Journey to the West

Trip Start Jul 20, 2004
Trip End Jul 20, 2020

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Where I stayed
Black Tent Hostel

Flag of China  , Sichuan,
Monday, October 5, 2009

After 3 years in Beijing, time has come to get to know the other places of China and Asia. And so, I decided to spend 3 months travelling and volunteering around Sichuan and Yunnan province in Western China.  After that, I plan on travelling around SEA, then in April to Oz to volunteer for another RacingthePlanet event and last but not least to Japan and Korea and back to China.

Arriving in Chengdu at the beginning of September, I decided to stay at a hostel so that I could leave my backpack there and travel light around the western part of Sichuan.  Though I had arranged to stay with a CS host, I told Dhane, who is an English teacher at a Kindergarten in Chengdu, that the hostel is a better option.  We did meet for dinner and chatted about teaching, Chengdu and travel.   Not far from the train station is Sim's Cozy Garden Hostel (, a lovely oasis of calm and green in Chengdu. Though I only spent two nights, I took some time wandering around the city.  People seem to be mostly smiling and friendly; the Sichuanese women are pretty.  I saw some wired advertising posters in Chengdu, such as a Chinese Marylin Monroe and a Chinese Audrey Hepburn (but not sure what products they are advertising). I stayed two nights (40 yuan/dorm) and then I left for Kangding from where I set off to my volunteer teaching job at an Orphan School ( in Ganzi Prefecture.

Arriving in Kangding, I stayed one night at the Black Tent hostel for Y20.  Walking around the city, I later met American Richard from Idaho and Mary, a lovely Tibetan lady who runs the "Village Window" and the Bala Boutique behind the Black Tent hostel.  Mary speaks English and is a great source of information.  The next day, I left on the long journey to Ganzi which turned out to be  a gut wrenching journey of 14 hours.  The road to Ganzi looks like a one way road or at least it would be considered one in western terms.  However, traffic on this road is heavy in both directions with buses and trucks, all of them brand-spanking new Chinese models, competing for the right of way.  Major construction and delays on this stretch, and on many other roads in this area, are nothing for the weak-bladder minded. Along the way to Ganzi, we passed many Tibetan villages with colorful houses but trash ladden streets and river. The plastic bottle collectors from Chengdu and BJ would have a field trip out here.  To me, it is an oximoron; having such a beautiful environment littered with trash. It is heartbreaking to see the towns, roads, rivers, and grasslands littered with it. I realize that plastic bottles and wrapping paper are a realtively new concept to these regions but I don't think it is impossible to organize a sort of village controlled trash collection to keep the environment clean and beautiful.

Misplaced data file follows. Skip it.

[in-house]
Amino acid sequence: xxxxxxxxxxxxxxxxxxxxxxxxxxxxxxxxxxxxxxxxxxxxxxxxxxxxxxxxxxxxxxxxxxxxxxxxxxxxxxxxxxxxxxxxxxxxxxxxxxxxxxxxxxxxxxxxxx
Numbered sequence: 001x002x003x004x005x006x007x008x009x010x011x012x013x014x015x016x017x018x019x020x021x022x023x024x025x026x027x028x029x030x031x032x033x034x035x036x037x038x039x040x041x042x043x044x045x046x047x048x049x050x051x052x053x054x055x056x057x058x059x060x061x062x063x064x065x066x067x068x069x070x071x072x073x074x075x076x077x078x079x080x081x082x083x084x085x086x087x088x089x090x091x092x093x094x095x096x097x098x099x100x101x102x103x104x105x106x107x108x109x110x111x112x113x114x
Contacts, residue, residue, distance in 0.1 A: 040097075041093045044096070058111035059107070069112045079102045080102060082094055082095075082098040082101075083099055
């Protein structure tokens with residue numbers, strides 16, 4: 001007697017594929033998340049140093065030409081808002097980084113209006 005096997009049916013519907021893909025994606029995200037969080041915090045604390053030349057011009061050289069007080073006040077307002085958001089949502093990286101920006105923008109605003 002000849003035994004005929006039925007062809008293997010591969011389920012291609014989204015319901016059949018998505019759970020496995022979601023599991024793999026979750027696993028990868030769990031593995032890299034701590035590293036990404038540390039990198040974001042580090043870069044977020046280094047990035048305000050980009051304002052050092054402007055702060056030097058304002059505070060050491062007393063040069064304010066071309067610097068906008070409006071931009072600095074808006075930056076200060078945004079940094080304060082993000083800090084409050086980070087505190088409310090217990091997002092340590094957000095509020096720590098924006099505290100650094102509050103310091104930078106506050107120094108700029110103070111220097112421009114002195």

Watching Tibetan women, it appears that they do most of the work.  They can be seen in the fields, taking care of the animals, the kids, the house and the cooking whereas most of the men can be seen playing pool, riding their motorcycles or otherwise just hanging out chatting and drinking tea.

I found out the next day that I actually didnt arrive in Ganzi but I got off 3 hours earlier in Luhou. Both Luhuo and Ganzi (and Dege as I discovered later) have a Golden Yak hotel.  All I wanted was a shower to get the dust of the day off me and rest, so for 80 yuan I got a beautiful room with bathroom and a hot shower which I enjoyed tremendously.